Sale!

Homework #3 Introduction to Algorithms 601.433/633

$30.00

Category:
5/5 - (3 votes)

Homework #3
Introduction to Algorithms
601.433/633

Format: Please start each problem on a new page.
Where to submit: On Gradescope, please mark the pages for each question
1 Problem 1 (24 points)
Recall that when using the QuickSort algorithm to sort an array A of length n, we
picked an element x ∈ A which we called the pivot and split the array A into two
arrays AS, AL such that ∀y ∈ AS, y ≤ x and ∀y ∈ AL, y > x.
We will say that a pivot from an array A provides t|n − t separation if t elements
in A are smaller than or equal to the pivot, and n − t elements are strictly larger
than the pivot.
Suppose Bob knows a secret way to find a good pivot with n
3
|
2n
3
separation in
constant time. But at the same time Alice knows her own secret technique, which
provides separation n
4
|
3n
4
, her technique also works in constant time.
Recall that in the QuickSort algorithm, as per Section 7.1 in CLRS, the PARTITION subroutine picks a pivot x from A by simply picking the first element in the
array. Alice and Bob’s subroutines are subroutines for picking the pivot x in the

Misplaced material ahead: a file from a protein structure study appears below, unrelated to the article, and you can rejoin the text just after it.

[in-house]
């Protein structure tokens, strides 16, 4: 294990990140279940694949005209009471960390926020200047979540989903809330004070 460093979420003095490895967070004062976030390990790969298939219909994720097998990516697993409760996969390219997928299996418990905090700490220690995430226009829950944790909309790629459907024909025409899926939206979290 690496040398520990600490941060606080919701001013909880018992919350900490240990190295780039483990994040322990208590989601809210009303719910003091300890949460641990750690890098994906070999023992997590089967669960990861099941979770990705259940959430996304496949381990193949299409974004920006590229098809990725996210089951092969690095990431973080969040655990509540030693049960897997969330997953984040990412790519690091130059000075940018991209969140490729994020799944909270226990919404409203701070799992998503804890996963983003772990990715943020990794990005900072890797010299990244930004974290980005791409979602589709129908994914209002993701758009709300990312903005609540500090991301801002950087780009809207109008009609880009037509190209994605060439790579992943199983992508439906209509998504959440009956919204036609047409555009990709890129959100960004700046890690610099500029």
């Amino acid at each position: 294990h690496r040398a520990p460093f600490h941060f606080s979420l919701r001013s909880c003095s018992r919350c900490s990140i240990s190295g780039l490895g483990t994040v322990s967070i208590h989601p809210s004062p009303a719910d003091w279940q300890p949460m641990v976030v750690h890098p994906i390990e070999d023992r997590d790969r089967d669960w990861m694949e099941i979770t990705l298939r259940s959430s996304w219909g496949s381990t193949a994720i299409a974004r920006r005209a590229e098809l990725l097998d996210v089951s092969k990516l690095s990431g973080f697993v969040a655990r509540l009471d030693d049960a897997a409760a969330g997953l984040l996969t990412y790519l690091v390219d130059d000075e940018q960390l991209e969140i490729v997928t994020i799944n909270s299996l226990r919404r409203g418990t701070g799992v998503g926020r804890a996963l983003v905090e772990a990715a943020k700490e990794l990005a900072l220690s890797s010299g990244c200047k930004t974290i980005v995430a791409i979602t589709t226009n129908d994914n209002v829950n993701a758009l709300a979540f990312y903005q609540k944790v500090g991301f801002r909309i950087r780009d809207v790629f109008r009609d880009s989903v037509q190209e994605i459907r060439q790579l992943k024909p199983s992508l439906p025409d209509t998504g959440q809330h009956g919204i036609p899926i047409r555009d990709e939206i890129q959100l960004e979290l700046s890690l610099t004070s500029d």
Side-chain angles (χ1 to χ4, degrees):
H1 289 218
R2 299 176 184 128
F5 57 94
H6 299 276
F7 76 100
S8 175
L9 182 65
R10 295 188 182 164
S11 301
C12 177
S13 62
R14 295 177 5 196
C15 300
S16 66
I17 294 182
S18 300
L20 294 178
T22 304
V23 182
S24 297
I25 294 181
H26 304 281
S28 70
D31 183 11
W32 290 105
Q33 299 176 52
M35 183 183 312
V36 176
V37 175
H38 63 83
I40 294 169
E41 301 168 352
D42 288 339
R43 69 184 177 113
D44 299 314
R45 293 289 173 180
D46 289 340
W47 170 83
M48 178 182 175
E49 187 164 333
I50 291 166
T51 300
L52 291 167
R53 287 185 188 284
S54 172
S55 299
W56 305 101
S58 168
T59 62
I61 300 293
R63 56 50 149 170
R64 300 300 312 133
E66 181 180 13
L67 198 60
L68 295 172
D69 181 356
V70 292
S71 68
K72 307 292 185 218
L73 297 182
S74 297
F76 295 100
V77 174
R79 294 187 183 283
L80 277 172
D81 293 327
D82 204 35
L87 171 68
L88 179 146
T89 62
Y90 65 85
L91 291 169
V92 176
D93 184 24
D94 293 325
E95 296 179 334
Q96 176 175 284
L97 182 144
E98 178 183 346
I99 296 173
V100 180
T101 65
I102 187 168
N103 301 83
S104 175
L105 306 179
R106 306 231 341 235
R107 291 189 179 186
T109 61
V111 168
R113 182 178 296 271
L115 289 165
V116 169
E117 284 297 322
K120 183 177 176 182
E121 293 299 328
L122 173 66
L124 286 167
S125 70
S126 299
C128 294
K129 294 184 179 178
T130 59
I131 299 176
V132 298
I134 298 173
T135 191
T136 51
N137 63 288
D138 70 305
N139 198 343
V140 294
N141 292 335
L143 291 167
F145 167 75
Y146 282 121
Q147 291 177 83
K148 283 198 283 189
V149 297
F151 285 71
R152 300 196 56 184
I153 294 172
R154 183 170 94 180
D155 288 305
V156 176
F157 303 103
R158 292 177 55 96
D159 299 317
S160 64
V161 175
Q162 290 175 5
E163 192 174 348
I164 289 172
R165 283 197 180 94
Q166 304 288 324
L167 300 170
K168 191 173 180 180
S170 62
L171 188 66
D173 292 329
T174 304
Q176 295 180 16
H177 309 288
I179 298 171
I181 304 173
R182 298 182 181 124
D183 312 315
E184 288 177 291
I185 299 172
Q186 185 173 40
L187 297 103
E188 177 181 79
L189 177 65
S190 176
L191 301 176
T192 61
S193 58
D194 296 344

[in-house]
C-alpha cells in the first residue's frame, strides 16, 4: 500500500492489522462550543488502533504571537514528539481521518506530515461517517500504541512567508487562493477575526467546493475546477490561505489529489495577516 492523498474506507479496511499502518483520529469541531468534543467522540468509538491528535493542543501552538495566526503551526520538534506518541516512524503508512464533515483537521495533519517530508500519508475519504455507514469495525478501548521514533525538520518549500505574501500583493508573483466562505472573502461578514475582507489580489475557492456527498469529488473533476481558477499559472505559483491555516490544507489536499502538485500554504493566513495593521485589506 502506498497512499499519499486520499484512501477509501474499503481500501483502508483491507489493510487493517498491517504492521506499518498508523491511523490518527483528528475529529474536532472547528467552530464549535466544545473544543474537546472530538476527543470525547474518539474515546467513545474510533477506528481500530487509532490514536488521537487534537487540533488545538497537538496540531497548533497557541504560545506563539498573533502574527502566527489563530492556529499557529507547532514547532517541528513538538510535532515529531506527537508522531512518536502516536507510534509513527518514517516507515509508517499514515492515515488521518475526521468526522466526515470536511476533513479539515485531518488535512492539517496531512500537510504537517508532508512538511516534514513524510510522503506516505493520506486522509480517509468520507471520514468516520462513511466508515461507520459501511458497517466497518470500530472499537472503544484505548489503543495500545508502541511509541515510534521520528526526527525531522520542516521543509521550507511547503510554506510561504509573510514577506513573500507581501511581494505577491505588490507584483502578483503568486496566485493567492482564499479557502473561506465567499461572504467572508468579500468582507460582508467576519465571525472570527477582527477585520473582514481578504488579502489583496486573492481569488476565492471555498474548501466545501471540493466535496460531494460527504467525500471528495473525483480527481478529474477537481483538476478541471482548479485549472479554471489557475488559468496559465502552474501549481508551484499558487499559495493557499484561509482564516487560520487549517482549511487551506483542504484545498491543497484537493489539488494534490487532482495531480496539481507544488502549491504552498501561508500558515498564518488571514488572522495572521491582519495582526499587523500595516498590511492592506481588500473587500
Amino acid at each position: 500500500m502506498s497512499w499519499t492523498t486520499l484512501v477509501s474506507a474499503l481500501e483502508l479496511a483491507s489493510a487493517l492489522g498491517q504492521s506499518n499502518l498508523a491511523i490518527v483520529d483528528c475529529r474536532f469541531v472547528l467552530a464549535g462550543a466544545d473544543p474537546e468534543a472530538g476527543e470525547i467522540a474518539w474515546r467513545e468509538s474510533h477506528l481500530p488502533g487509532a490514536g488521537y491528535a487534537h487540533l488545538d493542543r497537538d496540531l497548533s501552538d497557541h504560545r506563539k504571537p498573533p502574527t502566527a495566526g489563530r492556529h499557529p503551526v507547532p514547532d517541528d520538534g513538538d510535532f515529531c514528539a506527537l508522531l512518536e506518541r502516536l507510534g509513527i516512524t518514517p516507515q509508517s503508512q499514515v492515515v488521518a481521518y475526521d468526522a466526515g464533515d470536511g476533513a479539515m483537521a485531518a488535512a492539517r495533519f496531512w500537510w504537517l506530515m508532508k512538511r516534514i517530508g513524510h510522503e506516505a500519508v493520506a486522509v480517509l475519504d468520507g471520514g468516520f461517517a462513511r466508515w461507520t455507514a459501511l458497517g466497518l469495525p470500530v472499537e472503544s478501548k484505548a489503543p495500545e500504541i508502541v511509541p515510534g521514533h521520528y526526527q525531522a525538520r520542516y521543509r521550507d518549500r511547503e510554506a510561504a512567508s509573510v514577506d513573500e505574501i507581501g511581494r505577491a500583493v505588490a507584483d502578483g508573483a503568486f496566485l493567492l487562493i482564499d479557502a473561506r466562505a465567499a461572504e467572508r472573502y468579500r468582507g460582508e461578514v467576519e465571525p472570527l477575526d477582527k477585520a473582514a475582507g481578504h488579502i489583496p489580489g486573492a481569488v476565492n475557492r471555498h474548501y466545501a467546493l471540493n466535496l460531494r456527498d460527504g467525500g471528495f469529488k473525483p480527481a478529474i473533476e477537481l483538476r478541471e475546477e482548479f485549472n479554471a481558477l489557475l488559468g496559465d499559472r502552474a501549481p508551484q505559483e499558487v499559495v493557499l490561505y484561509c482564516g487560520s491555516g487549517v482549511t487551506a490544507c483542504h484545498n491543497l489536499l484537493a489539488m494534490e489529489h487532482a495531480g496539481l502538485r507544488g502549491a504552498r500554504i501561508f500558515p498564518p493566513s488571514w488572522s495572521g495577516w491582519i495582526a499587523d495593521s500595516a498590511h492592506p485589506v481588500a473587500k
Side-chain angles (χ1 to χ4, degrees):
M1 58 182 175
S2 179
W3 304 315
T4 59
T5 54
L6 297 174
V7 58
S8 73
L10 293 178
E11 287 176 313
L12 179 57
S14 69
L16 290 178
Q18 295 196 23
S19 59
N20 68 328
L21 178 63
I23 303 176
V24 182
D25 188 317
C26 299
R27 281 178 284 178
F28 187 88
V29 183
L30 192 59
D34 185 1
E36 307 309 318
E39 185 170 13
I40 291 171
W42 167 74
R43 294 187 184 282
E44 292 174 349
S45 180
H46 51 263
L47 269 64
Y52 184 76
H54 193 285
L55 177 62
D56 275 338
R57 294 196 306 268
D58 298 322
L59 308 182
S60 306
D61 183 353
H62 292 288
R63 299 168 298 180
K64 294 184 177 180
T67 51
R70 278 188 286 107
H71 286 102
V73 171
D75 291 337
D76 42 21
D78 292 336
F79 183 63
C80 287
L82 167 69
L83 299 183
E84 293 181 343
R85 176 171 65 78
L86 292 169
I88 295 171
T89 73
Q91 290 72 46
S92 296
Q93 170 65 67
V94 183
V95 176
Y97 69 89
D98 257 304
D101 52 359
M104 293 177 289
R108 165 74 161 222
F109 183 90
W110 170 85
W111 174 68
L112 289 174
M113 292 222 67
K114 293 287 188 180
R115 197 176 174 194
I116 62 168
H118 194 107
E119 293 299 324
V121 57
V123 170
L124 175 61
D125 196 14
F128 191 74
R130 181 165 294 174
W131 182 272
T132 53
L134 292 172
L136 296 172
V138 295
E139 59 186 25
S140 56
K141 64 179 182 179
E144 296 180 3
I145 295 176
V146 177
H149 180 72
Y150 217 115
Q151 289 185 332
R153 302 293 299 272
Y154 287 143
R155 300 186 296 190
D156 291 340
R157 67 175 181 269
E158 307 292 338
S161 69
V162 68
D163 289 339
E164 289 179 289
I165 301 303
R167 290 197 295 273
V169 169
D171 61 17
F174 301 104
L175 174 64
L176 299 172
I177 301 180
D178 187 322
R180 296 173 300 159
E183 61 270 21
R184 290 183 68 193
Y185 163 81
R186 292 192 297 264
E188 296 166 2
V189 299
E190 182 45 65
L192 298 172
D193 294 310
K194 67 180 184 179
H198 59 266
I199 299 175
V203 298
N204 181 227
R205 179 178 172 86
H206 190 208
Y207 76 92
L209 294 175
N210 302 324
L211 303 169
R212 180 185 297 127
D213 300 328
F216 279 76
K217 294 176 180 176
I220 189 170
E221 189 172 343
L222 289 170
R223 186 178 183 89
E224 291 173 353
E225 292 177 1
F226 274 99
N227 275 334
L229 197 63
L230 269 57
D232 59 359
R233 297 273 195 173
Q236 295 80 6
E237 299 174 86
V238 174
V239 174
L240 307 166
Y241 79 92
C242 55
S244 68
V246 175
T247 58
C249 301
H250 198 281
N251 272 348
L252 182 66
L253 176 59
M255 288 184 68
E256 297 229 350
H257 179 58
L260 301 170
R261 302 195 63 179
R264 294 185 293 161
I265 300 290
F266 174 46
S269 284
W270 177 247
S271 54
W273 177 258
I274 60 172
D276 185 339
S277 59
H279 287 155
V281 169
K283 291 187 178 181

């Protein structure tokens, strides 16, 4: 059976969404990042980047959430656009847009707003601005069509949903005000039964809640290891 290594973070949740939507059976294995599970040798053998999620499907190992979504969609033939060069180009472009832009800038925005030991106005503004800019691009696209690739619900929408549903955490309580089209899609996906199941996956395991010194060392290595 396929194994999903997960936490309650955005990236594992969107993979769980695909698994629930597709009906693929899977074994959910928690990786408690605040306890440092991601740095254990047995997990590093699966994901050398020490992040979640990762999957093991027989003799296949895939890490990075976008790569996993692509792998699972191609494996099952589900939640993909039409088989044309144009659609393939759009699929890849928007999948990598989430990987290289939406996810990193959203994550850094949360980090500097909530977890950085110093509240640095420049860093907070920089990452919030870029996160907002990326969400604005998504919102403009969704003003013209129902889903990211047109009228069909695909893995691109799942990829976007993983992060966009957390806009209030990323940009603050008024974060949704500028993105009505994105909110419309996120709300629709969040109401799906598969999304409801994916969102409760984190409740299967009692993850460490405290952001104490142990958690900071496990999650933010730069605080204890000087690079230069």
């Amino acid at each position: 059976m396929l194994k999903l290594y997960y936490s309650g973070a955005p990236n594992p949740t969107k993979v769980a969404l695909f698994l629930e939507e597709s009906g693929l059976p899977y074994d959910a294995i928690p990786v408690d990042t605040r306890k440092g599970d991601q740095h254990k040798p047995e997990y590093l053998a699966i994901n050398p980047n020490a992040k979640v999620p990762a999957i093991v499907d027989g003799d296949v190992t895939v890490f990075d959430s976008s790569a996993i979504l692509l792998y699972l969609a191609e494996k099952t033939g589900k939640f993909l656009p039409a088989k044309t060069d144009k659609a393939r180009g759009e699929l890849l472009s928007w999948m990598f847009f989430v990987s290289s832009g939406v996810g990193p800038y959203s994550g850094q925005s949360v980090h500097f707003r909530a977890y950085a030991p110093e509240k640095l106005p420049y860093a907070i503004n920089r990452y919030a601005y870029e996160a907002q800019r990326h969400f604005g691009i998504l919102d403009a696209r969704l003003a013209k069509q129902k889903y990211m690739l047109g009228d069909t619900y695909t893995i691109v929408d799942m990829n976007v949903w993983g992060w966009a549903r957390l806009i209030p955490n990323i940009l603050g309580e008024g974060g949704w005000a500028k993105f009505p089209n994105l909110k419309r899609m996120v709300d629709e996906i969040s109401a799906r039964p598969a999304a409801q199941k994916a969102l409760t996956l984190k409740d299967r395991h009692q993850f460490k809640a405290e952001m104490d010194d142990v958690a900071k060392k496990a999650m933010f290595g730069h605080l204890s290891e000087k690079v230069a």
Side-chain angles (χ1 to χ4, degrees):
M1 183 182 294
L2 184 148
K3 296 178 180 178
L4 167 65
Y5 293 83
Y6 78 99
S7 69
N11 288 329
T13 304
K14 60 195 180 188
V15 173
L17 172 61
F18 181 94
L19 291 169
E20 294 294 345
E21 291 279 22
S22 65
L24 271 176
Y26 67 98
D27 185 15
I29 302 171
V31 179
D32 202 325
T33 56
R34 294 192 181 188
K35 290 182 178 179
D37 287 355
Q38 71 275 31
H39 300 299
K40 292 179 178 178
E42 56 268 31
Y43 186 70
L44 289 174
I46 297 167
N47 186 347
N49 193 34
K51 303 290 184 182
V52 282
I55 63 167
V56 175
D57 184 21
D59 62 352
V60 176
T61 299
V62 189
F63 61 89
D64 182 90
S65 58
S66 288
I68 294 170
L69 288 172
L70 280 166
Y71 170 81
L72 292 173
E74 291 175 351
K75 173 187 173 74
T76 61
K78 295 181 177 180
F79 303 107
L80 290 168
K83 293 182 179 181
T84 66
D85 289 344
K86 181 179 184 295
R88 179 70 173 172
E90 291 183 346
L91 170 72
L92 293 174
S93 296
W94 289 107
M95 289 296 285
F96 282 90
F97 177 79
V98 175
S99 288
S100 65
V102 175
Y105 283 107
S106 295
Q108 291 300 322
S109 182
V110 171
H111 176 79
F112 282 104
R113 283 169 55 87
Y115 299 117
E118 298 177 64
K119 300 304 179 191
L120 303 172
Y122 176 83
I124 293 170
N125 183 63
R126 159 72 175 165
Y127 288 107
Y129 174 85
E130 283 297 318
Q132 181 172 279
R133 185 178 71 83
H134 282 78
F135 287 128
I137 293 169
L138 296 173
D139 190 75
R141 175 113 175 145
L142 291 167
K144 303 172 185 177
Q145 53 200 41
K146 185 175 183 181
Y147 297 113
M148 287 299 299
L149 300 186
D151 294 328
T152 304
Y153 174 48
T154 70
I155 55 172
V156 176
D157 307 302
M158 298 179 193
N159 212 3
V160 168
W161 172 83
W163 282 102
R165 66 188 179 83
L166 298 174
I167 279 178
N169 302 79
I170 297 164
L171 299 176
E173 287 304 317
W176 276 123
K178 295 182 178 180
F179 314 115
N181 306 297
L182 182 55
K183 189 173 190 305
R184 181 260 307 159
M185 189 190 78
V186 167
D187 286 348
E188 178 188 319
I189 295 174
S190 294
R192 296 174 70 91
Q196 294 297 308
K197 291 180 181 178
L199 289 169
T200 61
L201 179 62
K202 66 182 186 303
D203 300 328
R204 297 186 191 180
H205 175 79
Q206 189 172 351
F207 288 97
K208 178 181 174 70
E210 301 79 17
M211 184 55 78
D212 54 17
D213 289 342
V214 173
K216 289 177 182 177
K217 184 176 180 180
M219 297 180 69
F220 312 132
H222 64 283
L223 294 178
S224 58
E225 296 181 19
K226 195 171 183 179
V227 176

PARTITION subroutine for QuickSort.
Alice and Bob applied their secret techniques as subroutines in the QuickSort algorithm to pick pivots. Whose algorithm works asymptotically faster? Or are the
runtimes asymptotically the same? Prove your statement.
1
2 Problem 2 (13 points)
Resolve the asymptotic complexity of the following recurrences, i.e., solve them
and give your answer in Big-Θ notation. Use Master theorem, if applicable. In all
examples assume that T(1) = 1. To simplify your analysis, you can assume that
n = a
k
for some a, k.
Your final answer should be as simple as possible, i.e., it should not contain any
sums, recurrences, etc.
1. T(n) = 2T(n/8) + n
1
5 log n log log n
2. T(n) = 8T(n/2) + n
3 − 8n log n
3. T(n) = T(n/2) + log n
4. T(n) = T(n − 1) + T(n − 2)
5. T(n) = 3T(n
2
3 ) + log n
3 Problem 3 (13 points)
Let A and B be two sorted arrays of n elements each. We can easily find the
median element in A – it is just the element in the middle – and similarly we can
easily find the median element in B. (Let us define the median of 2k elements as
the element that is greater than k −1 elements and less than k elements.) However,
suppose we want to find the median element overall – i.e., the nth smallest in the
union of A and B.
Give an O(log n) time algorithm to compute the median of A∪B. You may assume
there are no duplicate elements.
As usual, prove correctness and the runtime of your algorithm.
2

Scroll to Top